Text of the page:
OFFICIAL PUBLICATION OF THE UTAH ASSOCIATION OF PUBLIC CHARTER SCHOOLS

Pub 10 2020-2021 Issue1

Reducing-Education-Reporting-Requirements

Reducing Education Reporting Requirements

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I became aware of the many reports and action plans that are required by the state while serving on the Jordan Board of Education. It was clear to me that these reports often used time and resources that would be better spent on students in classrooms. When the Education Interim Committee reviewed A Performance Audit of Public Education Reporting Requirements last year, I realized that this was an opportunity to address this problem. The audit found that although there is not a comprehensive list of all reports LEAs are required to complete, but if such a list existed it would include well over 300 reports. Reports are needed to provide transparency and accountability, but were these reports effective in getting the right information to the right people and did they effectively provide accountability and transparency in the least burdensome way?

Reports are needed to provide transparency and accountability, but were these reports effective in getting the right information to the right people? Did they effectively provide accountability and transparency in the least burdensome way?

The audit pointed out that the same information is sometimes collected in multiple reports and often reports grow in length and scope over time. Consolidating and simplifying reports and action plans would not only reduce the overlap among the multiple action plan requirements but would also help LEAs and schools focus on priorities to improve student outcomes. The audit recommends that reporting requirements be regularly reviewed to ensure they are necessary and appropriate to maintain accountability and transparency in the least burdensome way.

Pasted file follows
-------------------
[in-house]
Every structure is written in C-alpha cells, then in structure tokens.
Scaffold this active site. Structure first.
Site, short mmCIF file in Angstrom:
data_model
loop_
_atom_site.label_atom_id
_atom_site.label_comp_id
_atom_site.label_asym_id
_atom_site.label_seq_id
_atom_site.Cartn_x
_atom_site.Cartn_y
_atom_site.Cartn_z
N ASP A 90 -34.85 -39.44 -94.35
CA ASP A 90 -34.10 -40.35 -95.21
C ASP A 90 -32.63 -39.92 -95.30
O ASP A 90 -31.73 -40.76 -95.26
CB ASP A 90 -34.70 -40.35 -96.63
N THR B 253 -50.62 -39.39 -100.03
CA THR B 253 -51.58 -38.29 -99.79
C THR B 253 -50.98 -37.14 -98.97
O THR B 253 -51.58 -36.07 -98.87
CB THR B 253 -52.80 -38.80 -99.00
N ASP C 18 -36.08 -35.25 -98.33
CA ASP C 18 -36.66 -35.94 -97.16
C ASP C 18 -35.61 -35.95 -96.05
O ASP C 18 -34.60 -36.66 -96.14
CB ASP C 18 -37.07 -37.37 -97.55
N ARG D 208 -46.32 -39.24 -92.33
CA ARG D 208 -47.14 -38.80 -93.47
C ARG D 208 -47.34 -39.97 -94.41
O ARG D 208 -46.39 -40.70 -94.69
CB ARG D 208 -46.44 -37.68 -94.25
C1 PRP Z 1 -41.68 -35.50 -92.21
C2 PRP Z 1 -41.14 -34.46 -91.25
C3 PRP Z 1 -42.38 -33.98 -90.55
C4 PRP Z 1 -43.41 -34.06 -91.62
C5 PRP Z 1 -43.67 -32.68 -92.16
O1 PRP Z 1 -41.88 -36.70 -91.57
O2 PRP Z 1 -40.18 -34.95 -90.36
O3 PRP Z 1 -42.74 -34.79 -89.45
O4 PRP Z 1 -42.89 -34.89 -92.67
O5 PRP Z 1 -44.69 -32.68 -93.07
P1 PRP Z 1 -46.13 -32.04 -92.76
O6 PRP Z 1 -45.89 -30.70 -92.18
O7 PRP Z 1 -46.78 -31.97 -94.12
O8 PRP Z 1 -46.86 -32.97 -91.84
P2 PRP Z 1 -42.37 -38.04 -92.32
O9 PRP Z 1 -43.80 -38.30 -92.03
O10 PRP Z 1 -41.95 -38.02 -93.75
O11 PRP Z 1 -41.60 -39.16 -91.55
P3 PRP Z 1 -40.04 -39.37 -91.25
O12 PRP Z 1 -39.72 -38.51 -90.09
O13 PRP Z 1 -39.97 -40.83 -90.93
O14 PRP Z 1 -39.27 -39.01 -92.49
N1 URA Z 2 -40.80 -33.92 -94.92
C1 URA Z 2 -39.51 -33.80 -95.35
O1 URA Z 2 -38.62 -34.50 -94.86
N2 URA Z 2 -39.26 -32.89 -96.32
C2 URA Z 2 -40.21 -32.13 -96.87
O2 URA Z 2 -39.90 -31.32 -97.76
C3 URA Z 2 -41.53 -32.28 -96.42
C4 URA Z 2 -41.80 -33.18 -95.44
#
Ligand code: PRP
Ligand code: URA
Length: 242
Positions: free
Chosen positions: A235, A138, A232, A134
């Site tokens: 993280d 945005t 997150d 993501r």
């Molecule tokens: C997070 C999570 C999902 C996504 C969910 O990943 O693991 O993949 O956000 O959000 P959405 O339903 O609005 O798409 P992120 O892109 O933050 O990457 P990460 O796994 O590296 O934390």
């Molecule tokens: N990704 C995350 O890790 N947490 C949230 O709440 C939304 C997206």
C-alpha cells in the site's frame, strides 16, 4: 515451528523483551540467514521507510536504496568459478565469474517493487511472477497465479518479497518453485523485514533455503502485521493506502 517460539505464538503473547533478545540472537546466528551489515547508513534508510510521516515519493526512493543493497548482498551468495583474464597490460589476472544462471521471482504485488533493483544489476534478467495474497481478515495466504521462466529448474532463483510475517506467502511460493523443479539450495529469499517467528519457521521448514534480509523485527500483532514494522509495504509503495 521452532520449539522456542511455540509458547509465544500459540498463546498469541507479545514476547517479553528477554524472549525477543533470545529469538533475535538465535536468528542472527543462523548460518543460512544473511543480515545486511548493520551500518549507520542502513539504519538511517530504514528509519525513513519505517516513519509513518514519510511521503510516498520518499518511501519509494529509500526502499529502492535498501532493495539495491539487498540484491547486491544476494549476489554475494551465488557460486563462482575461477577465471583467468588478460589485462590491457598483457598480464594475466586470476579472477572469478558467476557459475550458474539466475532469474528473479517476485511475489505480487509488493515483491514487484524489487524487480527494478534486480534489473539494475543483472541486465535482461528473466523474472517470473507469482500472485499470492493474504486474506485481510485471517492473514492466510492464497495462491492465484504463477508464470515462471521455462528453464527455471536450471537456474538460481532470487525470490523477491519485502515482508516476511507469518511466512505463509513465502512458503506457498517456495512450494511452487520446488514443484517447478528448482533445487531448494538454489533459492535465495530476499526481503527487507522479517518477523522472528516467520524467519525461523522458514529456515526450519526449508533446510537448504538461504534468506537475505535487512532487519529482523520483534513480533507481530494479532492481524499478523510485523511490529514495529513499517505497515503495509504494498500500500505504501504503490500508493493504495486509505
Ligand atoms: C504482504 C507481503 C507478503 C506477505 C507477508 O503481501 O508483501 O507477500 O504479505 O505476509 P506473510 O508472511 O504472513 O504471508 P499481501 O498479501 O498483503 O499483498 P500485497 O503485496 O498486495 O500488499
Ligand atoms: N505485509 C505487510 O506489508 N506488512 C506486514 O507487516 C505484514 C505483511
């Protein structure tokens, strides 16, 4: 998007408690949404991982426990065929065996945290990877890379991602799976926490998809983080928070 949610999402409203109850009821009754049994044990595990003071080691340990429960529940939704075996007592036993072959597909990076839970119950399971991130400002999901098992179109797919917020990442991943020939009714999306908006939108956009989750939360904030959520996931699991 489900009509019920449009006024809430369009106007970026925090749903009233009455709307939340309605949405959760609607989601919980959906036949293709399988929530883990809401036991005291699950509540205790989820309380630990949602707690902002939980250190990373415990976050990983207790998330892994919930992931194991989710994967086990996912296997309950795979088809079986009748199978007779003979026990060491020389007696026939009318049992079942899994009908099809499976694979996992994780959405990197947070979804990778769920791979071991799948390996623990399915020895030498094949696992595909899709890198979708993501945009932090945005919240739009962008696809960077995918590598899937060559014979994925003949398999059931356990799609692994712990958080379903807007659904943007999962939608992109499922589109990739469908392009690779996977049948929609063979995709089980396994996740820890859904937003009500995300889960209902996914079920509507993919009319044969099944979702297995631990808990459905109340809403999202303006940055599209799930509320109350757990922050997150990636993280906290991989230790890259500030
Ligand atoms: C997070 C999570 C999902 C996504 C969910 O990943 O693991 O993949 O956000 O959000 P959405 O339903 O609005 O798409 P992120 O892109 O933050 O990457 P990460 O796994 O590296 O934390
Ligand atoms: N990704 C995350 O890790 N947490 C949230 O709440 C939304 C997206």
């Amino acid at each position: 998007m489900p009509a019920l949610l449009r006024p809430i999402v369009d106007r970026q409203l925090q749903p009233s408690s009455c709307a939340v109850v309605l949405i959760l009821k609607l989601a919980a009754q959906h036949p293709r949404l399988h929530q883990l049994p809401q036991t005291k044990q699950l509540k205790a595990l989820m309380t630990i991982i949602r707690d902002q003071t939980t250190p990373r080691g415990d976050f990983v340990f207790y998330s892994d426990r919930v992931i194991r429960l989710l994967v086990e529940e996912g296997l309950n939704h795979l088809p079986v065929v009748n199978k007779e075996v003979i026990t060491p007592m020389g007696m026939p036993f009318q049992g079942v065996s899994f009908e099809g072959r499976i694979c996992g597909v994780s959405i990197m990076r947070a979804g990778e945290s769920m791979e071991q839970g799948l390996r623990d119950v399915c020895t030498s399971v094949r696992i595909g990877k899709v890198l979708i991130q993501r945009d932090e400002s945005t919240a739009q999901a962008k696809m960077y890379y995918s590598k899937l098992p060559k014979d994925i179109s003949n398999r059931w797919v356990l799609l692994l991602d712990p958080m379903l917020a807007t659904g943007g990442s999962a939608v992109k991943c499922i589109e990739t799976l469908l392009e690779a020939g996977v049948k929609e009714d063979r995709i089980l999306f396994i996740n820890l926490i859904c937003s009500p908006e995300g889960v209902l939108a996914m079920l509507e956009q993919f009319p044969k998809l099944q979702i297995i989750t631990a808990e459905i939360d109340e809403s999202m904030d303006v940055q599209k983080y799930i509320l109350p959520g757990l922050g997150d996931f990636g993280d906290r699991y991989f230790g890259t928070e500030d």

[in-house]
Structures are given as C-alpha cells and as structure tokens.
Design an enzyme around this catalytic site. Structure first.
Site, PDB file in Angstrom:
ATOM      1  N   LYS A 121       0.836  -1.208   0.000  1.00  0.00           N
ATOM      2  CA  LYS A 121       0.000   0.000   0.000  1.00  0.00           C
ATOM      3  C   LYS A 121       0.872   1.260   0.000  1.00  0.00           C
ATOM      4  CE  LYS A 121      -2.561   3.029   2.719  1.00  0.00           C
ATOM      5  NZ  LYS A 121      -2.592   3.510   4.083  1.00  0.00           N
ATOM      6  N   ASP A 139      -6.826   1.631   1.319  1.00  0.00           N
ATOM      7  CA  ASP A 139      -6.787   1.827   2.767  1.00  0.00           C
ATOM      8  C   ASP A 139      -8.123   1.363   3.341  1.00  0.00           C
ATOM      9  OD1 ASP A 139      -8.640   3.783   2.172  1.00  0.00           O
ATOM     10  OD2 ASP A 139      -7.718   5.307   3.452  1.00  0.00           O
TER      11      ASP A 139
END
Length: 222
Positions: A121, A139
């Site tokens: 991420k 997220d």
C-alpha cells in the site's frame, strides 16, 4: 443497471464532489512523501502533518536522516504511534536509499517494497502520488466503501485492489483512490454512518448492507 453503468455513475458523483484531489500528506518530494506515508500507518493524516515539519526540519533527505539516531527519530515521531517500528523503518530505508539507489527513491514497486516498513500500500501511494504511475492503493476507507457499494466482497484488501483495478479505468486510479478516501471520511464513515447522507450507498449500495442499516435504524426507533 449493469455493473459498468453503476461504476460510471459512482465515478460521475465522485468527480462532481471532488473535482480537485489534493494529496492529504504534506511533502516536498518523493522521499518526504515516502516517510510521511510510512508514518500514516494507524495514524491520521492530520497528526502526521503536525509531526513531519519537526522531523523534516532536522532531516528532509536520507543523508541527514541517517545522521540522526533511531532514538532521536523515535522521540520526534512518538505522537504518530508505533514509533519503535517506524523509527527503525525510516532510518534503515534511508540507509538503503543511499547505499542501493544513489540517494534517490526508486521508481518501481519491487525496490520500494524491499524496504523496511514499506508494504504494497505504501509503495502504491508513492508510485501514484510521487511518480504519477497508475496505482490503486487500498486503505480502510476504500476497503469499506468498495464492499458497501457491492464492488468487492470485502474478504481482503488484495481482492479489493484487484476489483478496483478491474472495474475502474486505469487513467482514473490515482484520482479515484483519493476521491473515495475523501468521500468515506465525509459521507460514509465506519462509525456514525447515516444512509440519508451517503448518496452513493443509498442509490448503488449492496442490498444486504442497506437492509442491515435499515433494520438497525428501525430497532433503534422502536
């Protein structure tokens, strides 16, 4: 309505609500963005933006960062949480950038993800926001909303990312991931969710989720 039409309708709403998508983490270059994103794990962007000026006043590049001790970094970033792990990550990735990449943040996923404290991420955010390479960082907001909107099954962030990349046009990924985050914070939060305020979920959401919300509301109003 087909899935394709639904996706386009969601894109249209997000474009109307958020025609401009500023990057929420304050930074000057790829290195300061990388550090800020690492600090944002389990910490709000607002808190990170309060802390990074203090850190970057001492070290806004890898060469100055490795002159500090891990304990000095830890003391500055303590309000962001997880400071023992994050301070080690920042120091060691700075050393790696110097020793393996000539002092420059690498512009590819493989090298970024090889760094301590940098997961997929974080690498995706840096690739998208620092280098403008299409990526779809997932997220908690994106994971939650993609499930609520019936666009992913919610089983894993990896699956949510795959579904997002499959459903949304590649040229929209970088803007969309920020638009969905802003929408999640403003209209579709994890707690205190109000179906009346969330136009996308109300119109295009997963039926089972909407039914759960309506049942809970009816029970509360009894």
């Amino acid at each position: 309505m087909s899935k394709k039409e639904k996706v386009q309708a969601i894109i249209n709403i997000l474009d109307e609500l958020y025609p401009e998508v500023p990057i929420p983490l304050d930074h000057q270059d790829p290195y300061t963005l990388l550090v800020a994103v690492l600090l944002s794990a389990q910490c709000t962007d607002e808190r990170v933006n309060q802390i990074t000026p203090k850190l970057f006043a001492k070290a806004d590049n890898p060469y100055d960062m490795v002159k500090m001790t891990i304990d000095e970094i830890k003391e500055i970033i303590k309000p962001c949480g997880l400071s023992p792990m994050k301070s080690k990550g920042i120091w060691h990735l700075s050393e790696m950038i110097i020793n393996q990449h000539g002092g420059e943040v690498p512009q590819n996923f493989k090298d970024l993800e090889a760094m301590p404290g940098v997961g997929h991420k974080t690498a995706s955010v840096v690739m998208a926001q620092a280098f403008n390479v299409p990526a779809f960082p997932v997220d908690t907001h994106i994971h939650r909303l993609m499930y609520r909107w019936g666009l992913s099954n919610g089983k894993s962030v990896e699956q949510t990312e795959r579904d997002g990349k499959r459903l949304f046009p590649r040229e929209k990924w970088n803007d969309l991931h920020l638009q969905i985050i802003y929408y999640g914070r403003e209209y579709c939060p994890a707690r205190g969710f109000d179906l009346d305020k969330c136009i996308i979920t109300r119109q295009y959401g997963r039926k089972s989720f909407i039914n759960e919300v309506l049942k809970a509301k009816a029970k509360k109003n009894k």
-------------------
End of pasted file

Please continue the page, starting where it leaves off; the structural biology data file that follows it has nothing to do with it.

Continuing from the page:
This fall a stakeholder group met virtually multiple times to review the problem and suggest procedures to ensure that legislation and State Board rules create report requirements that provide needed accountability and transparency in the least burdensome way. These educators represented large urban districts, small rural districts and charter schools from across the state. The group included Legislators, State Board members, a State Charter Board member, Superintendents, Business Administrators, Executive Directors, Directors, and other Administrators. The group came up with three bills, HB 42, HB 134, and HB 300 to address this problem.

There are two parts to HB 42, “Education Agency Report Process Amendments.” The first part focuses on the creation of reports by the Utah State Board. It requires the State Board of Education to establish a policy or procedures to evaluate the impact a report might have on the reporting requirements for a LEA. The second part modifies or eliminates 7 existing reports. These reports were modified or eliminated because either the reports gathered information that is collected in other ways or because the program associated with the report was eliminated.

HB 134, “Notice of Public Education Reporting Requirement,” helps legislators consider the impact a report might have on LEAs when they create legislation. It provides that the bill sponsor be given information that reflects the impact the reporting requirements will have on the LEA, and if the information will be available to taxpayers, parents, or legislators. Considering these issues when a report is created will insure the reports are appropriate, and effective in maintaining accountability and transparency in the least burdensome way.

HB 300, “Reporting Requirement for Local Education Agencies,” sets a framework to review existing reports. It asks the State Board of Education to work with LEAs to develop a process to review reports required in statute and State Board rule. The following questions will be used in reviewing required reports:

a) The report’s purpose and its effectiveness in accomplishing the report’s purpose?
b) Who requires, creates and reviews the report?
c) Whether the information is included in another report?
d) Whether the report is the least burdensome way to collect the information?
e) Whether accountability or transparency could be achieved in another way?
f) How USIMS might affect
this report?
g) What is the estimated time and cost required to complete the report and how much funding is available after the cost of the report is subtracted?

Upon review of the report the State Board could leave the report intact or recommend changes be made. Any recommended changes would be made by the entity (Legislature or State Board) that mandated the report.

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